Apologies for the lateness, but once you hear why, I’m sure you’ll understand… I’ve finished my new book! Yippee!
I’ve sent it to my editor and am now waiting nervously to hear back from her. This is always the worst part of the writing process, because there is always The Fear squatting in the back of my mind that she’ll hate it (hence my new, oft repeated mantra ‘please like it, please like it!’). Argh! So please keep everything crossed for me that it will be good news, and she’ll reply back with only minimal changes. This, of course, is where a good editor is vital and can make all the difference to a book – and I’m so lucky that my editor and I have such a brilliant relationship. I trust her totally, and her suggestions always push my work that little bit further, improving all the way.
While I’m waiting to hear back, I’ve enjoyed a couple of days off getting to know my new dog, Buddy. He was rescued from a kill station in Gran Canaria by a fabulous Facebook group called Foreign Furries, which I’d really recommend to anyone. Despite being a stray before, he’s settling into his new home really well and, although he and Scamp mainly ignore each other, there are some wonderful moments of play, too. It’s hard to believe he’s only been with us for a week!
While all of us were out for a walk over Easter, an idea popped into my head. One that is refusing to budge…I’ve made some notes…I’ve got an idea for the opening chapter, which I’ve had to write down before I forget it…I’ve started writing again. What’s that saying about there being no rest for the wicked?!

The end (of my book) is nigh! #amwriting #crimefiction #writerslife

“That conveys to the reader and they feel that same sense of urgency”

This morning so far I’ve managed to open the curtains and discover five or six inches of snow that fell in the night, light my fire (it’s a lovely stove that is going beautifully now and it’s so cosy) and I’ve also been out to feed the birds. Sparrow, wren, and thrush have visited thus far, and the pair of wood pigeons won’t be far behind them. It’s so lovely to see them taking the water and eating the seeds and fat, then hiding in the hedge, fluffed up against the cold.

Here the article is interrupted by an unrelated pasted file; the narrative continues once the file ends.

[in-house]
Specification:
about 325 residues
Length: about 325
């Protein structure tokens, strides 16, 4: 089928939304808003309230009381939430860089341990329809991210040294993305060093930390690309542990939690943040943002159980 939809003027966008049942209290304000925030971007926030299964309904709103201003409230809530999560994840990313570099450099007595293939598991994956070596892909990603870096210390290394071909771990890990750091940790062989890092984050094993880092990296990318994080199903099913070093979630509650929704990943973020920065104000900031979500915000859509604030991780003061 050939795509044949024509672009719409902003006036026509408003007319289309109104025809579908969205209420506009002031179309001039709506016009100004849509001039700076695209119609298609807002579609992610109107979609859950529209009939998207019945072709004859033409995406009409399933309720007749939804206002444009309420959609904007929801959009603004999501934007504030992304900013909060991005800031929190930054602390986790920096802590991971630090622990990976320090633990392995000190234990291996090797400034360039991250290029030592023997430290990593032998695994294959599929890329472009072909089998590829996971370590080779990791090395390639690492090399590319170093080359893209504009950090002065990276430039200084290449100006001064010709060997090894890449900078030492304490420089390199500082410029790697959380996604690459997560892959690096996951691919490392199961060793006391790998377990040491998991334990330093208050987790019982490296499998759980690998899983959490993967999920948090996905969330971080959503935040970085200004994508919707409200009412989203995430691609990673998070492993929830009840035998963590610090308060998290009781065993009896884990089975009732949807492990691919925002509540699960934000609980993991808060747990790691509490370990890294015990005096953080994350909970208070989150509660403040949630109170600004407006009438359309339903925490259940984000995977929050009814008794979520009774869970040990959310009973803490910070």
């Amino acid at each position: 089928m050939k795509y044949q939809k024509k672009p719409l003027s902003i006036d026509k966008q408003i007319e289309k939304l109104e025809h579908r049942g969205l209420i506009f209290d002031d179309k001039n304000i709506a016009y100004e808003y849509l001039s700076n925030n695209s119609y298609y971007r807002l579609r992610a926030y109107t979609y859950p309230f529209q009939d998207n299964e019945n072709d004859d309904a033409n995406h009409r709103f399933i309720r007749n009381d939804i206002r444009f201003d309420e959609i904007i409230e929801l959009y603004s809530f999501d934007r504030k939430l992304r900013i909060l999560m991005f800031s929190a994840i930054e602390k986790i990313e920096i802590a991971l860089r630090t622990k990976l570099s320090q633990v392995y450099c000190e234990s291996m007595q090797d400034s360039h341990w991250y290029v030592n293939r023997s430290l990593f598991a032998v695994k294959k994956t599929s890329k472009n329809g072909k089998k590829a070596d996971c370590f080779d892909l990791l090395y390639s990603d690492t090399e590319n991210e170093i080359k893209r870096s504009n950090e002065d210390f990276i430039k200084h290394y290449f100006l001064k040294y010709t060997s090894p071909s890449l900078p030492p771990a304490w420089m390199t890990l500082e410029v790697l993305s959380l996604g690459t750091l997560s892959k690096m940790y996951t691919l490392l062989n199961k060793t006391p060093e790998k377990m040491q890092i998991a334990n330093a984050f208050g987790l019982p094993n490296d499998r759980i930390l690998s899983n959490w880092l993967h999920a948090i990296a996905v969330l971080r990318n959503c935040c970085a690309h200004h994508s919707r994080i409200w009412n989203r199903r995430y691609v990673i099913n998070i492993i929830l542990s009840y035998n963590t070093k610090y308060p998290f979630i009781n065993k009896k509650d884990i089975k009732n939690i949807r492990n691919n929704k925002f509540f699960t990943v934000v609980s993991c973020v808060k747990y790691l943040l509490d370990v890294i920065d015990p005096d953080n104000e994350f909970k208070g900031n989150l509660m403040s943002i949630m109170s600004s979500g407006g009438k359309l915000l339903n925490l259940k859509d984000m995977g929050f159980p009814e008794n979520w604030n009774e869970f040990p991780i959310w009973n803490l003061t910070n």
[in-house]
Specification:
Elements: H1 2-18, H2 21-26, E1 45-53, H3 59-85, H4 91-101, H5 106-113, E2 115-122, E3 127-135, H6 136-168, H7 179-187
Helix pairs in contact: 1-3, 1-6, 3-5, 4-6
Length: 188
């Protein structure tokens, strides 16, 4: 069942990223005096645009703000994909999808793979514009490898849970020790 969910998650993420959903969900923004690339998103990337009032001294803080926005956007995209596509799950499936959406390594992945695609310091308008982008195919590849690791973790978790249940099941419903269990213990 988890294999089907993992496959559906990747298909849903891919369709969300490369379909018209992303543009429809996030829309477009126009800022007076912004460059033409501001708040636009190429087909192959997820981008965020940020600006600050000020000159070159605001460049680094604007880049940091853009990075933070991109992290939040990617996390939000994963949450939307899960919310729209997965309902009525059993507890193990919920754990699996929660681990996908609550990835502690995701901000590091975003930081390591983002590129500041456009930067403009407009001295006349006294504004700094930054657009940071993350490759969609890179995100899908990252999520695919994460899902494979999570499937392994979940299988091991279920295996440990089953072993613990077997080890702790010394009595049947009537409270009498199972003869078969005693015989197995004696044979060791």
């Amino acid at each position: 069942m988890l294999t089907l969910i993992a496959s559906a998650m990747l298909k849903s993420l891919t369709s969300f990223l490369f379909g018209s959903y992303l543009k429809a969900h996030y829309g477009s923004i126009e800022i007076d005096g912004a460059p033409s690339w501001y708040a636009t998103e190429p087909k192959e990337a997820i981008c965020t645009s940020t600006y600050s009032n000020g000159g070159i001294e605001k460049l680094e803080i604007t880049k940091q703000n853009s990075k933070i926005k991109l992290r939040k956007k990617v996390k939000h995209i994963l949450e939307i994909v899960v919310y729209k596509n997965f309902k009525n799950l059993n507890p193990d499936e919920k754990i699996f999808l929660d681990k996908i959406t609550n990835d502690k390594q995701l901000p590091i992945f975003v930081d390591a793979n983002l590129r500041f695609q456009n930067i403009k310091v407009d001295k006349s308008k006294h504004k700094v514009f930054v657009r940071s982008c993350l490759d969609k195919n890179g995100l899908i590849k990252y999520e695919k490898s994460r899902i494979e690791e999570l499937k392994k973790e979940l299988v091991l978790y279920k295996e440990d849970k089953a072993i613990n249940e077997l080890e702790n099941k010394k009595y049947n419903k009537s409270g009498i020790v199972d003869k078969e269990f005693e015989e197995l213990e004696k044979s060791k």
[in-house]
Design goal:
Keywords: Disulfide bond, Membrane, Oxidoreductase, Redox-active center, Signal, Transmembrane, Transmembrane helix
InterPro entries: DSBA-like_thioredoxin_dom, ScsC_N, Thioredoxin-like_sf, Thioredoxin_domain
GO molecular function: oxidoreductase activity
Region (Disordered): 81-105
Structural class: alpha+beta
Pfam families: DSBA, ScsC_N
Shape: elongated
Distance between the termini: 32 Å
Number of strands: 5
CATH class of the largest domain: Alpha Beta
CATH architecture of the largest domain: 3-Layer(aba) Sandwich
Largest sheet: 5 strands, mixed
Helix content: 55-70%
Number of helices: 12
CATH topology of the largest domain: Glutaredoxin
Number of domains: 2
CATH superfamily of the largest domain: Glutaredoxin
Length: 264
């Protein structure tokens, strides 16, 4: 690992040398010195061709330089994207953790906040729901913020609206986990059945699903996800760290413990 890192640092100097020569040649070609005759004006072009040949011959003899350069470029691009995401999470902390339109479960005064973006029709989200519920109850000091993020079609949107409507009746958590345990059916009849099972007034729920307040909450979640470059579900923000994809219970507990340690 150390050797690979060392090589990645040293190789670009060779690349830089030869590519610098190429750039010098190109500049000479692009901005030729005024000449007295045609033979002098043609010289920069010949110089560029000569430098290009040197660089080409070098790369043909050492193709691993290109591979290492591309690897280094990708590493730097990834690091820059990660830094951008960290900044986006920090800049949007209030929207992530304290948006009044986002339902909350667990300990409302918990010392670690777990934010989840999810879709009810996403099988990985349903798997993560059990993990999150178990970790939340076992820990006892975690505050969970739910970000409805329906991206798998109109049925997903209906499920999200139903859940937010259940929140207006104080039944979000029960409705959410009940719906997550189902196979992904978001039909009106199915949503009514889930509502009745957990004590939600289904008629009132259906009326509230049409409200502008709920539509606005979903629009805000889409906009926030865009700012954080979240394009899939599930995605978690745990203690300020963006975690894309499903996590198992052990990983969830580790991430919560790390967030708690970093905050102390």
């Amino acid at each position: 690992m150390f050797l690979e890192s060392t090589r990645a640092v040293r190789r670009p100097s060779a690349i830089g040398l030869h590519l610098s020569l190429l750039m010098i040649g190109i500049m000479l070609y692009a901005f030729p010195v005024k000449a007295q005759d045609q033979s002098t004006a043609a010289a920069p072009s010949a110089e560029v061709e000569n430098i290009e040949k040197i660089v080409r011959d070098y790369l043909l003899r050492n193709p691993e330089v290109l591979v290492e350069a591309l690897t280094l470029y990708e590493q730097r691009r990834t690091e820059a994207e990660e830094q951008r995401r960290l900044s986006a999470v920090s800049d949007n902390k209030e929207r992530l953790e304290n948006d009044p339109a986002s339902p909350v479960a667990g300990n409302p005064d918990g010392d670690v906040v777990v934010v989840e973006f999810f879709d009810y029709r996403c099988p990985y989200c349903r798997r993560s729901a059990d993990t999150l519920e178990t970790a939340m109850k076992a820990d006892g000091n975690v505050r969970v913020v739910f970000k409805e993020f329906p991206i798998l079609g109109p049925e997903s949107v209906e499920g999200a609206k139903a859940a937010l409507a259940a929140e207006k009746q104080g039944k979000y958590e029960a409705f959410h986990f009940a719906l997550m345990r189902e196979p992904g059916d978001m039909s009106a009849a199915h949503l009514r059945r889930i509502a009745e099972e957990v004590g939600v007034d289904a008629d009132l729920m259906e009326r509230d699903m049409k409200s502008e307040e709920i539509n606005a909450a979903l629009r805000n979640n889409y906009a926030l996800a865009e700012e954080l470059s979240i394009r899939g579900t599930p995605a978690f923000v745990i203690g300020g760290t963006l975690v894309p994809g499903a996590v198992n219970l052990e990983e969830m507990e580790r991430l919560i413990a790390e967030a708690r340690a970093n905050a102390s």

Looking out across my tiny garden is such a joy as I’m writing – and right now I’m writing like a demon. I’ve reached that fabulous tipping point in the tale, when momentum really gathers, so that I’m rushing towards the end and can’t wait to reach it. If I feel like that as a writer, then hopefully that conveys to the reader and they feel that same sense of urgency as they’re reading story. This is the stage that is hard for me to put down; and as I don’t like to take a day off I plan on working through this weekend. What are you up to this weekend? Whatever it is, stay safe, stay warm and keep reading! x

‘Brilliant whodunit’ #BookReview FORCE OF NATURE @janeharperautho @LittleBrownUK via @bcopperthwait

‘The plotting is clever and intricate’



Is Alice here? Did she make it? Is she safe? In the chaos, in the night, it was impossible to say which of the four had asked after Alice’s welfare. Later, when everything got worse, each would insist it had been them.

Five women reluctantly pick up their backpacks and start walking along the muddy track. Only four come out the other side.

The hike through the rugged landscape is meant to take the office colleagues out of their air-conditioned comfort zone and teach resilience and team building. At least that is what the corporate retreat website advertises.

Federal Police Agent Aaron Falk has a particularly keen interest in the whereabouts of the missing bushwalker. Alice Russell is the whistleblower in his latest case – and Alice knew secrets. About the company she worked for and the people she worked with.

Far from the hike encouraging teamwork, the women tell Falk a tale of suspicion, violence and disintegrating trust. And as he delves into the disappearance, it seems some dangers may run far deeper than anyone knew.


The thought of a team building exercise is enough to strike fear and dread into most people’s hearts at the best of times, but in Force of Nature it is the clever launching point for a brilliant whodunit.

One again, a strong sense of place is key as Aaron Falk investigates; although this time it is the cold, drizzle-encased bushland of Australia. It is a slow burner, with…to read in full, CLICK HERE

‘Evocative & raw’ #Bookreview THE CHILD FINDER @renedenfeld @benwillisuk @orionbooks

‘Heartbreaking, stunning, beautifully-phrased, and delicately judged’


Naomi Cottle finds missing children. When the police have given up their search and an investigation stalls, families call her. She possesses a rare, intuitive sense, born out of her own experience, that allows her to succeed when others have failed.